“I can only imagine what this game would have been like without him,” said The Stronach Group CEO Tim Ritvo as he introduced Stronach.

“We as horse people need to sit down and think, ‘Where are we going?’ In life, you have to know where you’re going,” Stronach asserted. “Horses are alike all around the world. There are no politics involved, no religion.”

Eclipse Special Award: Courage in the Face of Tragedy
Special Eclipse Awards were handed out to the first responders to both the San Luis Rey Downs wildfire and Hurricane Maria, which devastated Puerto Rico’s Camarero Racetrack, recognizing their efforts to provide relief to horse and human populations alike under dire circumstances.

“We cannot thank everyone, but the spirit of this award is all-encompassing,” Gulfstream Park announcer Pete Aiello noted in a video message that recounted heroic relief efforts in response to both tragedies. Nick Luck went on to note that the racing community has raised nearly $900,000 in donations to aid the San Luis Rey relief efforts.

Kelly Stobie and Shelly Blodgett of Caribbean Thoroughbred Aftercare Inc. accepted the special award on behalf of the first responders in Puerto Rico, thanking their colleagues for their continual efforts while stressing that the situation requires ongoing attention. Blodgett thanked TDN‘s Sue Finley among others for raising awareness of the catastrophe in its aftermath. She also thanked Charlotte Weber, the TRF and “countless individuals” who donated.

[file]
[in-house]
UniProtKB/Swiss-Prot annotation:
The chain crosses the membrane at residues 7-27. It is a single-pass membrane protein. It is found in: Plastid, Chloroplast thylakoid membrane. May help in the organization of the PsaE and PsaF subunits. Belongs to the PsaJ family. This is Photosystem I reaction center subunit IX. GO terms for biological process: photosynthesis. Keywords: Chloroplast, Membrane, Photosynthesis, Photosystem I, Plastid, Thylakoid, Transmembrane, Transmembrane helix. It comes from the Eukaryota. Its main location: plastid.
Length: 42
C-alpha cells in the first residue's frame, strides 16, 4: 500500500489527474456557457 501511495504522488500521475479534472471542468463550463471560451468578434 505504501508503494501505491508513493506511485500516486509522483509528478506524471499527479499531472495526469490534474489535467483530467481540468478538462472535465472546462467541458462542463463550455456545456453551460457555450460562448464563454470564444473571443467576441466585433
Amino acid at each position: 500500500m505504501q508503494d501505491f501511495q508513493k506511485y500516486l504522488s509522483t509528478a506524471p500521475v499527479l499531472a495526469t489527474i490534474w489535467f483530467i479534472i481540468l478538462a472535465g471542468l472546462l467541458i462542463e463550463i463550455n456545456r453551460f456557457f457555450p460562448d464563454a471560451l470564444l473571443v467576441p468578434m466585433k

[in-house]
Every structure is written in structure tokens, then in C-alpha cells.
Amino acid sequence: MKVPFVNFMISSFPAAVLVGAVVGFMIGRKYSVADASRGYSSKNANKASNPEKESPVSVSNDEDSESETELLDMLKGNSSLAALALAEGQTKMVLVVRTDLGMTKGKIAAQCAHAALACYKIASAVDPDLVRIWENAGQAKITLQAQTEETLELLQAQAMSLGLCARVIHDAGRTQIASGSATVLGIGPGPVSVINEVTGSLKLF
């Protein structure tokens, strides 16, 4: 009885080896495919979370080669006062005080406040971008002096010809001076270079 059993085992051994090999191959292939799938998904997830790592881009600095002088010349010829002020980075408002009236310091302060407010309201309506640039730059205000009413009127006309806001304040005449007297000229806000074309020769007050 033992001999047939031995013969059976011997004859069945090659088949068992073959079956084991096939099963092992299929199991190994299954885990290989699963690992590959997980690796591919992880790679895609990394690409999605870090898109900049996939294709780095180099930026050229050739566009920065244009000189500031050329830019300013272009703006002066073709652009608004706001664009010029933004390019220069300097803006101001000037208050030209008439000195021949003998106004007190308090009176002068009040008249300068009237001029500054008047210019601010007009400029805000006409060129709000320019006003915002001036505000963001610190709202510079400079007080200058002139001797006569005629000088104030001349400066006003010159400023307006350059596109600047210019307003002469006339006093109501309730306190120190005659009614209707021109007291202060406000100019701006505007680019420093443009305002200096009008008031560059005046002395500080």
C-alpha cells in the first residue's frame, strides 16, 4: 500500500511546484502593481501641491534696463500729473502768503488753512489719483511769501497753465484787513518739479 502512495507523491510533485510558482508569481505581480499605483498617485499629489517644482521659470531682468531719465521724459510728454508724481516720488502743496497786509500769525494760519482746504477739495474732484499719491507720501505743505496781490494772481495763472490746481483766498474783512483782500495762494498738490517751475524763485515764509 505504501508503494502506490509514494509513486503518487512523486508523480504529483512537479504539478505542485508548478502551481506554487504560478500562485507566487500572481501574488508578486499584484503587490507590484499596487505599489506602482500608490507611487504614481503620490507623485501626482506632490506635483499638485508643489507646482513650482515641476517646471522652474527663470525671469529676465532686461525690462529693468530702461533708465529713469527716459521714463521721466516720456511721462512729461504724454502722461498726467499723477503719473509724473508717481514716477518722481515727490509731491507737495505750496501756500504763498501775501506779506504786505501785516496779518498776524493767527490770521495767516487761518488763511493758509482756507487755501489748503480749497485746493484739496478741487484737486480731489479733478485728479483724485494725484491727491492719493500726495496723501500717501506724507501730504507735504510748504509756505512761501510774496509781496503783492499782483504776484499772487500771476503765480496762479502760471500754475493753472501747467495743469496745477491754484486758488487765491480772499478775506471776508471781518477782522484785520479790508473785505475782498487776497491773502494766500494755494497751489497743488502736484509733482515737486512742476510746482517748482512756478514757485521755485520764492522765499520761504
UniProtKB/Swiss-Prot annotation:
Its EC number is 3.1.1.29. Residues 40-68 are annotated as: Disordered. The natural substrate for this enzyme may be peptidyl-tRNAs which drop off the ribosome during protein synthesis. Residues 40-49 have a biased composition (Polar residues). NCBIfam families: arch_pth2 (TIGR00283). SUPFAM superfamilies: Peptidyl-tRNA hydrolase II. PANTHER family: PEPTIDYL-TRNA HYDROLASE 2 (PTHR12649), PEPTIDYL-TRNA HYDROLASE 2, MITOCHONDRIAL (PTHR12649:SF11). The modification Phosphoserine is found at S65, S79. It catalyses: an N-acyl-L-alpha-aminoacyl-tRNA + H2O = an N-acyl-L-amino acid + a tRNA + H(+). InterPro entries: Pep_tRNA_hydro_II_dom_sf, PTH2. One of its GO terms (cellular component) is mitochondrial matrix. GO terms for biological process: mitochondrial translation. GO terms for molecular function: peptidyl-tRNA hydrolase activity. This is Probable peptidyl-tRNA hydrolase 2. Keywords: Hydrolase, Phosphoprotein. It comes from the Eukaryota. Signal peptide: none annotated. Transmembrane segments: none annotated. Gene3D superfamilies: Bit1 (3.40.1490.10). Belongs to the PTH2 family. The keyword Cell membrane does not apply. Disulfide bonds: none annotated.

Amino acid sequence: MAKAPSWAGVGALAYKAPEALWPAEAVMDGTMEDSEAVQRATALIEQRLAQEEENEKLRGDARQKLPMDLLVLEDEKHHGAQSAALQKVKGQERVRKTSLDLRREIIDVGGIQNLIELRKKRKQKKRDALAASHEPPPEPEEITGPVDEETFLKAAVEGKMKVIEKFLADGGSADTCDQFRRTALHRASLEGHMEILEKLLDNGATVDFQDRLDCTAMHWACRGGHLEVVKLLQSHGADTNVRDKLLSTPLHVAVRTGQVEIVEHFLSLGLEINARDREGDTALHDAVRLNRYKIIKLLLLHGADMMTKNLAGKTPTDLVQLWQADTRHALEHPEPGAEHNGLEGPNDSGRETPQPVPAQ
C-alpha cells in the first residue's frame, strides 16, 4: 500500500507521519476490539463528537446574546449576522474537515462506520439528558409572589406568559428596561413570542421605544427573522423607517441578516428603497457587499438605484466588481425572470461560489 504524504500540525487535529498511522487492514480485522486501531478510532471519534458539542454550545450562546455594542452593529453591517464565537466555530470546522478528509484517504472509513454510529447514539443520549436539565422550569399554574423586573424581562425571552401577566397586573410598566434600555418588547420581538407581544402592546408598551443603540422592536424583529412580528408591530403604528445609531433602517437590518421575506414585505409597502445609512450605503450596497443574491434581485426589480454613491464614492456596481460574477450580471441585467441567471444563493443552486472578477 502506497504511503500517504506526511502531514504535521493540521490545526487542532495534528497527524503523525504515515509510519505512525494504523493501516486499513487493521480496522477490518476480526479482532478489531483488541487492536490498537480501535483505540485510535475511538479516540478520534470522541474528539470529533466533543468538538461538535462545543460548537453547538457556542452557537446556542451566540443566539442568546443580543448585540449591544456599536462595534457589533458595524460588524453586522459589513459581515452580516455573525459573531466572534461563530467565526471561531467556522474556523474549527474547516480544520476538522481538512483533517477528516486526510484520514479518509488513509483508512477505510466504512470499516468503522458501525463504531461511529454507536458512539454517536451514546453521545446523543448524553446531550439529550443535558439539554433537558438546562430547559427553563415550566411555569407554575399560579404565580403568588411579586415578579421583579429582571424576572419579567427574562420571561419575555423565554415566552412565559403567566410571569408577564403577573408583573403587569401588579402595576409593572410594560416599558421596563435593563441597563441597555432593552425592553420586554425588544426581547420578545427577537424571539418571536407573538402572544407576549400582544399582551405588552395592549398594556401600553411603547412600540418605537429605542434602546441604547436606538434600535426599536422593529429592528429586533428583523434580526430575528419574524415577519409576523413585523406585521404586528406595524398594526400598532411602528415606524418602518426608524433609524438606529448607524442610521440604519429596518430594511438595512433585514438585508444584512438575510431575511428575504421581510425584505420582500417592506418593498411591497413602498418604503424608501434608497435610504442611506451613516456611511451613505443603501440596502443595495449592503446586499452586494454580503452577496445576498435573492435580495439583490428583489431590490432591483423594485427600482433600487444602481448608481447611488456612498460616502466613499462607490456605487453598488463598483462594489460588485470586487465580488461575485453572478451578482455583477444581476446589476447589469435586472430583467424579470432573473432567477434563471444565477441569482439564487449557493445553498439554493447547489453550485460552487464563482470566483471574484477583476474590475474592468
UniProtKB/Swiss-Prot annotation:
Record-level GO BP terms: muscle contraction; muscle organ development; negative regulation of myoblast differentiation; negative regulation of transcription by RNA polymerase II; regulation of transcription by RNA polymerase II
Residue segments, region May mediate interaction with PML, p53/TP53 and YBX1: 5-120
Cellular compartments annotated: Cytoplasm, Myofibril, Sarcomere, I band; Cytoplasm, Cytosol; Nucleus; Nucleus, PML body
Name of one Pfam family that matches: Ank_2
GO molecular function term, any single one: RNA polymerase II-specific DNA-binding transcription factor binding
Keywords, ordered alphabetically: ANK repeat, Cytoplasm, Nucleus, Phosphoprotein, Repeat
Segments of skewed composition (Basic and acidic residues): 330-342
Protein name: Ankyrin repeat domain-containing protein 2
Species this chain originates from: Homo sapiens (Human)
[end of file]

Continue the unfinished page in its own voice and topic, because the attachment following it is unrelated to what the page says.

Peter Miller, who lost five horses in the San Luis Rey blaze, took the stage next and delivered a heartfelt speech that emphasized the contrast between the devastation of the fire and the “sheer kindness, selflessness and generosity of horsepeople from around the world” in response to the tragedy. Miller specifically thanked his grooms and hotwalkers for risking their own well-being to save the stable.

“San Luis Rey is a special place. It’s more than a training center–it’s like a family, a community,” said Miller.

“We’re there for each other, we care about each other and we help each other.”

Miller concluded that the response to the fire “Restored my faith in people–especially horse people.”

A second Eclipse Award of Honor was given to the NTRA for their efforts advocating for new IRS regulations in favor of horseplayers on Capitol Hill.